“Great—I hope it does work.” Lizzie’s malaria had stayed in abeyance for several months—but there was always the threat of recurrence, and cinchona bark was hideously expensive.
The subject of their earlier conversation lingered in her mind, and she returned to it, as she took a fresh handful of sage leaves for her mortar, bruising them carefully before putting them to steep.
“You didn’t plan to be a doctor when you were young, you said. But you seemed pretty single-minded about it, later on.” She had scattered, but vivid, memories of Claire’s medical training; she could still smell the hospital smells caught in her mother’s hair and clothing, and feel the soft cool touch of the green scrubs her mother sometimes wore, coming in to kiss her goodnight when she came in late from work.
Claire didn’t answer at once, concentrating on the dried corn silk she was cleaning, plucking out rotted bits and flicking them through the open window.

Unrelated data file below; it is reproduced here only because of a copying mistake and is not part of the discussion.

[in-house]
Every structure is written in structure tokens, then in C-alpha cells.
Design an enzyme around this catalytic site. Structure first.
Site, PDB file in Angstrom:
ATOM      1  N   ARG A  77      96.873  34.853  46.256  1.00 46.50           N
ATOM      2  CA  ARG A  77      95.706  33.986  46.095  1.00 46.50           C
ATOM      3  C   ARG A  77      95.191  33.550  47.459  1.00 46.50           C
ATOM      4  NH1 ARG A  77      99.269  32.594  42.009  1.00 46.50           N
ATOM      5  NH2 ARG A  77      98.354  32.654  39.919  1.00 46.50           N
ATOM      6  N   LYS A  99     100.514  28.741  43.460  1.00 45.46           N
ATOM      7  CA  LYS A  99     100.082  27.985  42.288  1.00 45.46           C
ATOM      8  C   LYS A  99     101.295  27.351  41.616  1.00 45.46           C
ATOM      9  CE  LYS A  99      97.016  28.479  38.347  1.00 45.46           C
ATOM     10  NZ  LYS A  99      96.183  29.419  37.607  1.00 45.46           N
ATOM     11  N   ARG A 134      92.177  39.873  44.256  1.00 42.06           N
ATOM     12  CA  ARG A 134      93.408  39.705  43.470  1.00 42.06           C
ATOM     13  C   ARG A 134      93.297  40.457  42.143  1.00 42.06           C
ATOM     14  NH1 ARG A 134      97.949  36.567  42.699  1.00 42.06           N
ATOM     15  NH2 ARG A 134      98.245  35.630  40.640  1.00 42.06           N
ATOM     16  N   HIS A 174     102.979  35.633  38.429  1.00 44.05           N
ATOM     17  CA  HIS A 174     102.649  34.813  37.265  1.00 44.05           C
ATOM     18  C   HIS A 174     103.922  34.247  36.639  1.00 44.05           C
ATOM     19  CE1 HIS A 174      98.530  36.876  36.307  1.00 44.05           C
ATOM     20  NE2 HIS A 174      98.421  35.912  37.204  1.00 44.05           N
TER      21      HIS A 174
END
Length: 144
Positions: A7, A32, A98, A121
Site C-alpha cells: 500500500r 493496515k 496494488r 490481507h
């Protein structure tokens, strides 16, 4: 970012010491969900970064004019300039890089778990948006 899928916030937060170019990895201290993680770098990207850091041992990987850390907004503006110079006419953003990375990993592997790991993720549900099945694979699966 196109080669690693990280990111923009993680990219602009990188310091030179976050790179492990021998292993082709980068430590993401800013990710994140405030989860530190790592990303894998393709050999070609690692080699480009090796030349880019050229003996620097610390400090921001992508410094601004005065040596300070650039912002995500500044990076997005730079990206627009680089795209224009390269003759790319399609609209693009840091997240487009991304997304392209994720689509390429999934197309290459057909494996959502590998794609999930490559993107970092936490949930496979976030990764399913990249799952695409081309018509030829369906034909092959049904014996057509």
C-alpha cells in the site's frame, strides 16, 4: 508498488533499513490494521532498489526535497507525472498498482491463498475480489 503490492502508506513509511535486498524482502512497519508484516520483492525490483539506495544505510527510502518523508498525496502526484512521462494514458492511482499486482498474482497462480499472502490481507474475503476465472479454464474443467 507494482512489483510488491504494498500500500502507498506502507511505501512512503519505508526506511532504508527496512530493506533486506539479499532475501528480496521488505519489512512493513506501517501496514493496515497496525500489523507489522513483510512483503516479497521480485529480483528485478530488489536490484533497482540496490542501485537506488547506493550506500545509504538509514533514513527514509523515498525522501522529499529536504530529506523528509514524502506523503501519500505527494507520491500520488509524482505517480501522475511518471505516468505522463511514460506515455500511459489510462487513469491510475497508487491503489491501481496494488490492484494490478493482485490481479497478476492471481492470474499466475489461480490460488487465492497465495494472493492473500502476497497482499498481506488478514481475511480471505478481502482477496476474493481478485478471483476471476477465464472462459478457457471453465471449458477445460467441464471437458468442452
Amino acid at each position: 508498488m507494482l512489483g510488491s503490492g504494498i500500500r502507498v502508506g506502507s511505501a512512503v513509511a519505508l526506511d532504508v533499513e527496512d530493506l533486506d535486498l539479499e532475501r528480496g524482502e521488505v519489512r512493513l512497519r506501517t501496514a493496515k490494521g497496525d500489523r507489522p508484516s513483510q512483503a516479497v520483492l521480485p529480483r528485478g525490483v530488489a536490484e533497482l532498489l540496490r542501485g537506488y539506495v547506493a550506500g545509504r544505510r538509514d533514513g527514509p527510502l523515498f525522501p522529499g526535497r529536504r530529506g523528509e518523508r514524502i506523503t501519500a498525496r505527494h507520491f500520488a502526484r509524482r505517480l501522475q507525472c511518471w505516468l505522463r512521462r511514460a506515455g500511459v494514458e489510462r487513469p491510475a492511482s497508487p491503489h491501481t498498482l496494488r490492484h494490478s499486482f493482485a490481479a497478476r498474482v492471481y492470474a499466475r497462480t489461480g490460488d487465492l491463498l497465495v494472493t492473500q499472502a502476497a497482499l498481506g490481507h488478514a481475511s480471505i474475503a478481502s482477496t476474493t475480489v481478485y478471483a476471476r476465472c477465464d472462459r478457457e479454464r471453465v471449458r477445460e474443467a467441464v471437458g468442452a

“Well,” she said at last, not taking her eyes off her work. “People—and it’s not just women, not by any means—people who know who they are, and what they’re meant to be . . . they’ll find a way. Your father—Frank, I mean—” She scooped up the cleaned silk and transferred it to a small woven basket, small fragments scattering across the counter as she did so. “He was a very good historian. He liked the subject, and he had the gift of discipline and concentration that made him a success, but it wasn’t really a . . . a calling for him. He told me himself—he could have done other things just as well, and it wouldn’t have mattered a great deal. For some people, one thing does matter a great deal, though. And when it does . . . well, medicine mattered a great deal to me. I didn’t know, early on, but then I realized that it was simply what I was meant to do. And once I knew that . . .” She shrugged, dusting her hands, and covered the basket with a bit of linen, securing it with twine.
“Yes, but . . . you can’t always do what you’re meant to, can you?” she said, thinking of the ragged scar on Roger’s throat.